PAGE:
Change…a first visit to South Main

May 15, 2014

ImageBy South Main Member Erin DuBroc

I’ve always been a lover of change.  There were no tears from me on the last day of high school — I was already half-way to College Station in my heart and mind.  Even at the conclusion of those college days my Dad told me would encompass “the best time of [my] life”, I couldn’t wait to start graduate school and get a move on.  That isn’t to say that I don’t value loyalty or enjoy nostalgia, but rarely have I experienced fear over changing circumstances.  Although, recently I started to wonder if that was wholly good.  Darn that desire to practice more self-awareness in my thirties.  

For me, change is almost always partnered with an intoxicating novelty I tend to bask in.  Novelty, that I’ve just begun to see, can do a number on my already handicapped ability to be objective.  Not that I never suffer from cynicism, but it’s not often my vice when presented with new people, a new order or way of doing things, or even a blank slate from which to create.  I usually approach change with, I admit, a fair amount of naiveté and blissful enthusiasm.  This is slightly different from my husband, of course.  How else would iron sharpen iron, right?

For example, the first Sunday we visited a new church — that I had already researched and read up on, of course — I was quickly overwhelmed with giddiness.  Rightfully so as many of the aspects of church I had deemed non-negotiable moving forward were playing out in this beautiful harmony right in front of me and to a degree I honestly didn’t know if I’d ever find in Houston.  (See, I do suffer from some cynicism.)

Between the condensed size of the congregation, inclusion of women in every aspect of the service and church leadership, emphasis on slower, more contemplative worship, and the mention of a book by one of my favorite authors being the congregational devotional for Lent (oh, and the recognition of the liturgical calendar!),  I was beside myself.  I probably teared up with joy nine times, and you couldn’t wipe the smile off my face if you tried.  I was not hallucinating, I was affirmed in my convictions (as opposed to feeling like an outsider, troublemaker and quasi-heretic), and that was only the first ten minutes.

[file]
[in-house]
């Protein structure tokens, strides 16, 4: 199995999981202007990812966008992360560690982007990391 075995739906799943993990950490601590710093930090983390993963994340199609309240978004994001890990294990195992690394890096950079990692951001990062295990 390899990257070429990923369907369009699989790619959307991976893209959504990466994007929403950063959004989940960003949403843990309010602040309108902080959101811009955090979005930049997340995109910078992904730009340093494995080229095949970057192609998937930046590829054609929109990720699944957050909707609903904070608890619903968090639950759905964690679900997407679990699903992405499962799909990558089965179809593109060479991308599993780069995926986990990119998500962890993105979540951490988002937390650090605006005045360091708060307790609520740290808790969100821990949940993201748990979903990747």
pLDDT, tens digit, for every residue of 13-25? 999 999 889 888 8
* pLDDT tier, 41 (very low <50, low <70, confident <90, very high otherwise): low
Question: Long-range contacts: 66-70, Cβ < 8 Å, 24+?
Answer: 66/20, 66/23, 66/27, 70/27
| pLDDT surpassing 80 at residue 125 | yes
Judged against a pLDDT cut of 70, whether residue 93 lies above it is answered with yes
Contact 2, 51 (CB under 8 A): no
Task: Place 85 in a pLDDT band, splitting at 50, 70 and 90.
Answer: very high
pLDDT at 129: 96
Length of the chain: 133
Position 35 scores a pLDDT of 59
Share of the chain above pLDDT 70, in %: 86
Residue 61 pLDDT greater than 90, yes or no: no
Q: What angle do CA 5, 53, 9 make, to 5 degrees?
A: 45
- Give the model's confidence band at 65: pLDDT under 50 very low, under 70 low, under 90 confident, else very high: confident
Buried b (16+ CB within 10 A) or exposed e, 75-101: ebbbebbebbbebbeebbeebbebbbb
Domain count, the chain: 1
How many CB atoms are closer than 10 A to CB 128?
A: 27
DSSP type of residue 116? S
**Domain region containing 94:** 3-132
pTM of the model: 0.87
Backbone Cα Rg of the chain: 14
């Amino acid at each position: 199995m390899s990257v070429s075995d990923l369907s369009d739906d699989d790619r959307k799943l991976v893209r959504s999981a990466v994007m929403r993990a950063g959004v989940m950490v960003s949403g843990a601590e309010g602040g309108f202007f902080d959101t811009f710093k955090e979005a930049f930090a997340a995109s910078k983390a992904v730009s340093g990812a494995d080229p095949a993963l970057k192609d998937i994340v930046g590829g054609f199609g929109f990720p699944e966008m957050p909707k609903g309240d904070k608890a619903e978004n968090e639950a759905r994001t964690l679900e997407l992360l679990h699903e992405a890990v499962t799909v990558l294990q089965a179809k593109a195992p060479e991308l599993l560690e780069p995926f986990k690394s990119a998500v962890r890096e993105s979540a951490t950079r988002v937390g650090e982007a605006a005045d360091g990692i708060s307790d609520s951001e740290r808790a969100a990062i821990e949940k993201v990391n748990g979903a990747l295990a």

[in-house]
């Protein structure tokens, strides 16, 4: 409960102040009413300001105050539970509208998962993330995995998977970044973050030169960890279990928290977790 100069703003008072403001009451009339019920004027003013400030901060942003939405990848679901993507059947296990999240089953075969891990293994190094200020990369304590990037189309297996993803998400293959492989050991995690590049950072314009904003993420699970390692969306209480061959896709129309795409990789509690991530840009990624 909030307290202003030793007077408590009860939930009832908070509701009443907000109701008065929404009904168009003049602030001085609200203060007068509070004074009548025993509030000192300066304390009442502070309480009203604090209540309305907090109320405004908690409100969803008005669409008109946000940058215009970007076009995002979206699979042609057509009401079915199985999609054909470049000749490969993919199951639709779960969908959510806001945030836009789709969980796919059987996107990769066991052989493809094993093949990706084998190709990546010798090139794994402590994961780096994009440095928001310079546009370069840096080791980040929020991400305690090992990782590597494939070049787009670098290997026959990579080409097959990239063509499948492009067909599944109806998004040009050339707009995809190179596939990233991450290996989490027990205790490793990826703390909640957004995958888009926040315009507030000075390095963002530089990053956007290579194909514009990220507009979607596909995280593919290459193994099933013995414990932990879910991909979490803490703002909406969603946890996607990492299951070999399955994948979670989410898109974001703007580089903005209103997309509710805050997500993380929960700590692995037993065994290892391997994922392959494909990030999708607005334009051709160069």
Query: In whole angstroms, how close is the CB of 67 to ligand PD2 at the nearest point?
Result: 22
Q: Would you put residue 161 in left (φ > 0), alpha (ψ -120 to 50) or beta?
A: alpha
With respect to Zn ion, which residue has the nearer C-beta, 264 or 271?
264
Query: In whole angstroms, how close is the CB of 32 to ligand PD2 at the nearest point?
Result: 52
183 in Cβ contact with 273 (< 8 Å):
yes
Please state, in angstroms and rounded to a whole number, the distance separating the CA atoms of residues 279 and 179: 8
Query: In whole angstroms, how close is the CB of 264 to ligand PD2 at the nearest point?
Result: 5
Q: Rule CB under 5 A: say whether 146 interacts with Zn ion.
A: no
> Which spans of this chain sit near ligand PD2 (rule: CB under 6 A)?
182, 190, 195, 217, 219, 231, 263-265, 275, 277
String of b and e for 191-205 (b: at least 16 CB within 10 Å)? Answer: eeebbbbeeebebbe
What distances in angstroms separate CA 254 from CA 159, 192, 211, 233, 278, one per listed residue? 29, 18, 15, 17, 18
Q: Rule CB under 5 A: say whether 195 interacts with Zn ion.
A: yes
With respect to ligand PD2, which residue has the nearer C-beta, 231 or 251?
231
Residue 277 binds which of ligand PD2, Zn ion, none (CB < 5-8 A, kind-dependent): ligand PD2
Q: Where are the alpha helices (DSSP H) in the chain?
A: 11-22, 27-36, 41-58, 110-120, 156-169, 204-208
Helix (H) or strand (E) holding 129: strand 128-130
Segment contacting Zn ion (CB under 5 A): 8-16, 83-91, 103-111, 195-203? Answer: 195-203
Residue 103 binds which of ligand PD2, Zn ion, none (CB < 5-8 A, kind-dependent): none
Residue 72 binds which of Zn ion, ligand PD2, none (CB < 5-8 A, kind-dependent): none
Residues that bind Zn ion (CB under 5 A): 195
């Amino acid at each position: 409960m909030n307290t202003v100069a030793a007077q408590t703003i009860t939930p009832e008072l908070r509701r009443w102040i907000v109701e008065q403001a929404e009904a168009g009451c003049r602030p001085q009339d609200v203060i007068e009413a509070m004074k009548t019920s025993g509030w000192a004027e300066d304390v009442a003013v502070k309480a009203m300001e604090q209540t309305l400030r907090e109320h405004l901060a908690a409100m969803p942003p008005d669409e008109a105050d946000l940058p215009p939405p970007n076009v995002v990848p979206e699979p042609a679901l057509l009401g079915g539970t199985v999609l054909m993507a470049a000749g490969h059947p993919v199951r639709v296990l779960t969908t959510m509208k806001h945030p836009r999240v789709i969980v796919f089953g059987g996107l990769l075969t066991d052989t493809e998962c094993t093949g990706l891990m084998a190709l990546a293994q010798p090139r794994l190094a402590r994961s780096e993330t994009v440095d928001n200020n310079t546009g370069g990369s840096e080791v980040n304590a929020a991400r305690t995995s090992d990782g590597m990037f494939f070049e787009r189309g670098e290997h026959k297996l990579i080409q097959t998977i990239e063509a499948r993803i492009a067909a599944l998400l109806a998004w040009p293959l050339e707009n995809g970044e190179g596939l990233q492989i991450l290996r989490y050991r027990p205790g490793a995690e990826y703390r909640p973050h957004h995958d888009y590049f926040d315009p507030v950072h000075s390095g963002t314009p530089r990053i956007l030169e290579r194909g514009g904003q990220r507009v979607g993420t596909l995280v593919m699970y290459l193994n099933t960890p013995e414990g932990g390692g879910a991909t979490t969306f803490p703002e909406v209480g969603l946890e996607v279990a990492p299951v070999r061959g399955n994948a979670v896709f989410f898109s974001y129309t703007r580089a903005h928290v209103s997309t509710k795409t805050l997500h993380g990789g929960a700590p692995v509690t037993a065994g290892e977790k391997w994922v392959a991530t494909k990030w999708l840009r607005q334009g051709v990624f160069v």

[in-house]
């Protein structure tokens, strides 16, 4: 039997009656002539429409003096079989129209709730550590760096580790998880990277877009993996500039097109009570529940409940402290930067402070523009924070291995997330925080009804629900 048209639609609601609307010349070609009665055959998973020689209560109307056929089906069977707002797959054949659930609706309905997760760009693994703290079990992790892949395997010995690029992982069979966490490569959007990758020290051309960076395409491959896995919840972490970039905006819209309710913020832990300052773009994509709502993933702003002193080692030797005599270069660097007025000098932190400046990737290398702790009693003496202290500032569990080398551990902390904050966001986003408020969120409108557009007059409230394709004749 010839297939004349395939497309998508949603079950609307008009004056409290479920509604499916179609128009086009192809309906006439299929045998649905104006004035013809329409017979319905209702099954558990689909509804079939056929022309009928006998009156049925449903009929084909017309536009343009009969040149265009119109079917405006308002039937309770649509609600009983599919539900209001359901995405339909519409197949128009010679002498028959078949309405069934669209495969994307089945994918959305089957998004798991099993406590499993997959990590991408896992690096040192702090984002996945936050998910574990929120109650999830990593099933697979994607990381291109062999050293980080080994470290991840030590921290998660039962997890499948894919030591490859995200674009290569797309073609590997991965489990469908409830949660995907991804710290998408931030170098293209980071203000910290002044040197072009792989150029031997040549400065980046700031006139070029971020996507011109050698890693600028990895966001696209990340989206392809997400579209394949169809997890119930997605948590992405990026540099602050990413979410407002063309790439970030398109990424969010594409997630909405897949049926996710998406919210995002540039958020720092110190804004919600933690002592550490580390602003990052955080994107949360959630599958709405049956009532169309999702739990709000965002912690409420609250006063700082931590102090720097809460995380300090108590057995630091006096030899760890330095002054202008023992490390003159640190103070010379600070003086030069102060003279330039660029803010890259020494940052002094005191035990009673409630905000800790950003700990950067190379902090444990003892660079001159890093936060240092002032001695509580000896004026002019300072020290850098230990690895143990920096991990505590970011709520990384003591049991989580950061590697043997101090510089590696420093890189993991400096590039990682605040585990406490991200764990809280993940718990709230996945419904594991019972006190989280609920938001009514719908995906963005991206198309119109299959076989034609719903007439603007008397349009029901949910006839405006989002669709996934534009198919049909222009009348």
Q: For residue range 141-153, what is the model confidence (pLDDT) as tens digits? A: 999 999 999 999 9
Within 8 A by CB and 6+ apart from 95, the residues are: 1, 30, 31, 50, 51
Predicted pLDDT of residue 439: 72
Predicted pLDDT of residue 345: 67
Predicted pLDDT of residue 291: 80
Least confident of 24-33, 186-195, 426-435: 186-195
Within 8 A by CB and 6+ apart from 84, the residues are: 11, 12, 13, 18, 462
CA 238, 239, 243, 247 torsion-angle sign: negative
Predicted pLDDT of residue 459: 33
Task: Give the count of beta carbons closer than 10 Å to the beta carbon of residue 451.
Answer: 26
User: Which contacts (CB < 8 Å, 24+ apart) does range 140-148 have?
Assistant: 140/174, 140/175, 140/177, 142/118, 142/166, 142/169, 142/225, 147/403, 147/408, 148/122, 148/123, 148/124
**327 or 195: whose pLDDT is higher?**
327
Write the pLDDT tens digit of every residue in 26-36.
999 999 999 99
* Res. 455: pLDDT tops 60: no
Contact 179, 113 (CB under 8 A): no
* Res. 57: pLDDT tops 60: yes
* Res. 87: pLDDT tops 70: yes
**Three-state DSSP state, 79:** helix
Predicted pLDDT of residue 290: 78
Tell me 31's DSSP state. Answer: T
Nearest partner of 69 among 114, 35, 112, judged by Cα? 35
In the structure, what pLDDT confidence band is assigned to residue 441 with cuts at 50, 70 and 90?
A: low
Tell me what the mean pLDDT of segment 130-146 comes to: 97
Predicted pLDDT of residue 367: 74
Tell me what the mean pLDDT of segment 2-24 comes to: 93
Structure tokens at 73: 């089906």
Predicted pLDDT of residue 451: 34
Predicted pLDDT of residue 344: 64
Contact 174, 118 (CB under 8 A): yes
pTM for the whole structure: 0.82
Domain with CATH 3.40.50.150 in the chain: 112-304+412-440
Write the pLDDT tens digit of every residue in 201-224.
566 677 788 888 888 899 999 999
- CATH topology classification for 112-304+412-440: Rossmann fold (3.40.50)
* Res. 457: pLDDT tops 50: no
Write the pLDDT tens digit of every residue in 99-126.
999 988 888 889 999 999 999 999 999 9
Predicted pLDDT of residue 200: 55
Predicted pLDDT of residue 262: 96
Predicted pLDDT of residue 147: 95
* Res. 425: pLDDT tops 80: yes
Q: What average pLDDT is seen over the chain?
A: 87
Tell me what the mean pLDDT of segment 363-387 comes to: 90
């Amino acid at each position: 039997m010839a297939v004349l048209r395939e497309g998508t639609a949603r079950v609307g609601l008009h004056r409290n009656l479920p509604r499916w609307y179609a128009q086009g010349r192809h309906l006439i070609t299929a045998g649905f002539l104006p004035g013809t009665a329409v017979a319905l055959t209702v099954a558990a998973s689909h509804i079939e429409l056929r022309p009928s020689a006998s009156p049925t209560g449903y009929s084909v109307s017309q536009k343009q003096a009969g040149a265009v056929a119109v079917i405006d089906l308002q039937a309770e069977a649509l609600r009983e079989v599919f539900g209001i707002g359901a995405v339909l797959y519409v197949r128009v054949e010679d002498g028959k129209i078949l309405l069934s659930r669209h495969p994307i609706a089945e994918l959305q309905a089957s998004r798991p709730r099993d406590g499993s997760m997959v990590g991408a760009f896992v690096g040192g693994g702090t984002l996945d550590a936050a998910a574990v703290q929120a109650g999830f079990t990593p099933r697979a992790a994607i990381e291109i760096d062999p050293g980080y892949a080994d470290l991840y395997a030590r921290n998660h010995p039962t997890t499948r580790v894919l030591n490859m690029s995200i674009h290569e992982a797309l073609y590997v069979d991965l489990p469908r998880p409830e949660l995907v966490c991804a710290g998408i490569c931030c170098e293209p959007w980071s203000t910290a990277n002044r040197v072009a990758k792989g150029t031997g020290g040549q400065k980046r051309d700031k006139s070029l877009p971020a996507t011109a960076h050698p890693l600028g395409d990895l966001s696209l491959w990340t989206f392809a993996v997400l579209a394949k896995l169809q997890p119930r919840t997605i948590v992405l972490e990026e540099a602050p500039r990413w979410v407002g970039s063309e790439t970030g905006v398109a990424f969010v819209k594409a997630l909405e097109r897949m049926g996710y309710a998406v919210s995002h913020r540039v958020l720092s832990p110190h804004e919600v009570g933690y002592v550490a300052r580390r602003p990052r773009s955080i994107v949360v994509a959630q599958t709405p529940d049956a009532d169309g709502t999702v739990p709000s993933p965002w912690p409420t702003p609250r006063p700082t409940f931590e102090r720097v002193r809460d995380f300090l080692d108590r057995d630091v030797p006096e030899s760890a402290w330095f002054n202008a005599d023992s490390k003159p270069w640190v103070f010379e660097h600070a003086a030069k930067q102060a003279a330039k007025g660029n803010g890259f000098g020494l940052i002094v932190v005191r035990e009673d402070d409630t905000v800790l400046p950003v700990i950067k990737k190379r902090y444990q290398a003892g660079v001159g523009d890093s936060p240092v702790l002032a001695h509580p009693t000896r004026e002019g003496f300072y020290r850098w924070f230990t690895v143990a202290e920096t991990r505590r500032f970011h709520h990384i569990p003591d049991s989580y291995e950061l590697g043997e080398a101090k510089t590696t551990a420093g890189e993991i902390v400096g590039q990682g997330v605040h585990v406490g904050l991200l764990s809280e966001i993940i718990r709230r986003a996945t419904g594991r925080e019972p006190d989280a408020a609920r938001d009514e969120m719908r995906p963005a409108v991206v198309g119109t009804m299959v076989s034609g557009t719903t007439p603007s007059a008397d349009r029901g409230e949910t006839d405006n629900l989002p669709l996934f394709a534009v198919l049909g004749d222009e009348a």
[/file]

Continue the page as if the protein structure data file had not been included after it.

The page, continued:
The inclusion of children’s church, the thoughtful recitation of the Lord’s Prayer, the singing of the doxology, the heartfelt congregational responses to celebrations like baptism and infant dedications, the beyond-impressive number of unprompted welcomes we received from various members, and the fact that the pastor greeted us on our way out and said “let’s get lunch sometime”, nearly pushed me over my emotional limit.  On a scale of one to ten with my wedding day being a ten, I was probably at an 8.5.  I wish I could bottle that kind of enthusiasm and sell it.  If only, Shark Tank.

But if you were to look over to my husband during those first ten minutes, you’d see a more reserved portrait of a person vacillating between open-mindedness and nervous tics.  We were definitely on the same page regarding our desires for church, but our outward appearances and processing methods were polar opposite.  His right knee couldn’t stop bouncing, his eyes were slightly wide and his body a bit shifty sitting amidst the wooden pews, cathedral ceiling and breathtaking stained glass.  He couldn’t have been more supportive of my curiosity of this newly discovered egalitarian baptist church a mere fifteen minutes from our front door, but the man isn’t as much of a lover of change.  He analyzes first and feels later, is admittedly more pessimistic than me, and plays the role of devil’s advocate very well.  His overall attitude couldn’t be more gracious, but he’s a harder sell overall.  This used to drive me crazy and prompt a lecture about him being a stick-in-the-mud, but I’ve really learned to appreciate this aspect of his personality.